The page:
Saturday, September 1, 2007

Cornell ecologist's study finds that producing ethanol and biodiesel from corn and other crops is not worth the energy

Patzek, professor of civil and environmental engineering at Berkeley, conducted a detailed analysis of the energy input-yield ratios of producing ethanol from corn, switch grass and wood biomass as well as for producing biodiesel from soybean and sunflower plants.

...corn requires 29 percent more fossil energy than the fuel produced; switch grass requires 45 percent more fossil energy than the fuel produced; and wood biomass requires 57 percent more fossil energy than the fuel produced.

...In assessing inputs, the researchers considered such factors as the energy used in producing the crop (including production of pesticides and fertilizer, running farm machinery and irrigating, grinding and transporting the crop) and in fermenting/distilling the ethanol from the water mix.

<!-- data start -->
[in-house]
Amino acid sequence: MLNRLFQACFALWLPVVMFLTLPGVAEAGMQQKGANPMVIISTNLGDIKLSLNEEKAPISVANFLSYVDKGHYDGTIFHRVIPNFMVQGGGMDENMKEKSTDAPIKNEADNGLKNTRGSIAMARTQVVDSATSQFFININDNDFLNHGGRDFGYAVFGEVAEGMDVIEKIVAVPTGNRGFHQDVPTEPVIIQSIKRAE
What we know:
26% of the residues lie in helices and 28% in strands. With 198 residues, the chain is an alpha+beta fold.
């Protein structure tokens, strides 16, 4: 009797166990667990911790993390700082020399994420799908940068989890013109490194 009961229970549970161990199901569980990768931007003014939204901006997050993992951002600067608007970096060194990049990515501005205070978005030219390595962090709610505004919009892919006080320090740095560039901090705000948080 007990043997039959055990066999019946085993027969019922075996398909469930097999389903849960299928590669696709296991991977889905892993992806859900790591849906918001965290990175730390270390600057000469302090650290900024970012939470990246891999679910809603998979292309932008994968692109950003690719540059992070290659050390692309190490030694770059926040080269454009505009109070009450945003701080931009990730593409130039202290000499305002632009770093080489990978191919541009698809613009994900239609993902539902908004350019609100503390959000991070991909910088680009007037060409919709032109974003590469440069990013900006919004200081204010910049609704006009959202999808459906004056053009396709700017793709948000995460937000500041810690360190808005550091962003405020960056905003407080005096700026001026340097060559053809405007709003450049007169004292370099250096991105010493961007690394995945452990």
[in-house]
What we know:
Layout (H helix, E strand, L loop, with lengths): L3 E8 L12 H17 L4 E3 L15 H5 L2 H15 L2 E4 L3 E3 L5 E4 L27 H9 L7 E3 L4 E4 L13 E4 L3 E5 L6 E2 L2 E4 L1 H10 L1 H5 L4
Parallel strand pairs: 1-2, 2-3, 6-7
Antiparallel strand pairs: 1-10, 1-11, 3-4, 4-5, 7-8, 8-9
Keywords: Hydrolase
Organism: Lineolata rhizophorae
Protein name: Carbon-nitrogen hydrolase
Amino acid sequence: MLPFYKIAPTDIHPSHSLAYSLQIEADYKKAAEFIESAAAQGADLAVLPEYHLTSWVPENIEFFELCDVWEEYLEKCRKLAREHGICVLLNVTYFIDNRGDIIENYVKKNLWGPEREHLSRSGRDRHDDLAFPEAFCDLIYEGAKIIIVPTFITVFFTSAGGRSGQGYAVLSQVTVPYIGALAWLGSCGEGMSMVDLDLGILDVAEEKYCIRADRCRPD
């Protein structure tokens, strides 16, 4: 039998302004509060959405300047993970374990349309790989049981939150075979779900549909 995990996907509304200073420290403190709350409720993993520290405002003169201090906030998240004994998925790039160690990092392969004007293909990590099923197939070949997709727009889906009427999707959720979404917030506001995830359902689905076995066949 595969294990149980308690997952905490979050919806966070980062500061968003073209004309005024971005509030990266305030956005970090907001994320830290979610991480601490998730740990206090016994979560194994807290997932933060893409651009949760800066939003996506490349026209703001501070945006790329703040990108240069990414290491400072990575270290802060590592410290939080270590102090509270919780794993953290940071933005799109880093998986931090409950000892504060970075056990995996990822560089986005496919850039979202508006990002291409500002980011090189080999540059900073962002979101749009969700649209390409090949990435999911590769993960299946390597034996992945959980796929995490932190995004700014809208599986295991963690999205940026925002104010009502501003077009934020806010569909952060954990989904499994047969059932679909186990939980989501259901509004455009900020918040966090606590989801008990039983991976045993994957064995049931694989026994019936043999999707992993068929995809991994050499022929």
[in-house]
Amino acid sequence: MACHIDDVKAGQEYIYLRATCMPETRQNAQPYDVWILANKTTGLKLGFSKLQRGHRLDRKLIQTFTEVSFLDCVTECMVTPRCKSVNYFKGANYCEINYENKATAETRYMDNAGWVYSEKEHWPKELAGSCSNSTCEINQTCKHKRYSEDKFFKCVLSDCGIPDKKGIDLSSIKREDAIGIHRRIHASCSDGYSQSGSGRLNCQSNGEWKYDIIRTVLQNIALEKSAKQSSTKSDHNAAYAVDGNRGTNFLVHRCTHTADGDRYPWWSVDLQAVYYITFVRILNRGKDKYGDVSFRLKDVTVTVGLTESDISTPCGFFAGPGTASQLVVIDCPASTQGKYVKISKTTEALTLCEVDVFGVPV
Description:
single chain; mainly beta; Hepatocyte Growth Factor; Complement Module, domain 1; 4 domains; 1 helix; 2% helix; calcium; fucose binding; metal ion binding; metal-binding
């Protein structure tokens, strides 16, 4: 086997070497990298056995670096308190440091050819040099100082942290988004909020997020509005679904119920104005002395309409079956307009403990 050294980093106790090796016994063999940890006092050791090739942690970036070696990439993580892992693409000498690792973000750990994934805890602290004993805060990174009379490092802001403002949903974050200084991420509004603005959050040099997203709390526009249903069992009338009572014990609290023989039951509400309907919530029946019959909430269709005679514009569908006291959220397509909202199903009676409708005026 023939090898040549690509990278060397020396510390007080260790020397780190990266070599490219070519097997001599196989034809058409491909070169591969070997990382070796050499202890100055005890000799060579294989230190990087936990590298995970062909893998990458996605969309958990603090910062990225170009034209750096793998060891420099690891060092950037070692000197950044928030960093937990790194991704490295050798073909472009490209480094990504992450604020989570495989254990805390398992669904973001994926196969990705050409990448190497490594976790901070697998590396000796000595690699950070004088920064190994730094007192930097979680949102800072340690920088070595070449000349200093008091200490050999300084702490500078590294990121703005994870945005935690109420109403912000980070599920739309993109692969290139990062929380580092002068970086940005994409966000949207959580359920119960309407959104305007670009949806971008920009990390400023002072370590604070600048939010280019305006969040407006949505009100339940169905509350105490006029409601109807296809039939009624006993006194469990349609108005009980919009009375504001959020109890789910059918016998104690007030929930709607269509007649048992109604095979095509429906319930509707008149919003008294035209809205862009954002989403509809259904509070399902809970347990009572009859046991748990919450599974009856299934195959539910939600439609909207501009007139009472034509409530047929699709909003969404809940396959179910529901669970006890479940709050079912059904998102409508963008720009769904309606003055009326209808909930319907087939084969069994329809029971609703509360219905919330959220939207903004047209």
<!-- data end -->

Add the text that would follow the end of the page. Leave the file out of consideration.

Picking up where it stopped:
..."The United State desperately needs a liquid fuel replacement for oil in the near future," says Pimentel, "but producing ethanol or biodiesel from plant biomass is going down the wrong road, because you use more energy to produce these fuels than you get out from the combustion of these products."

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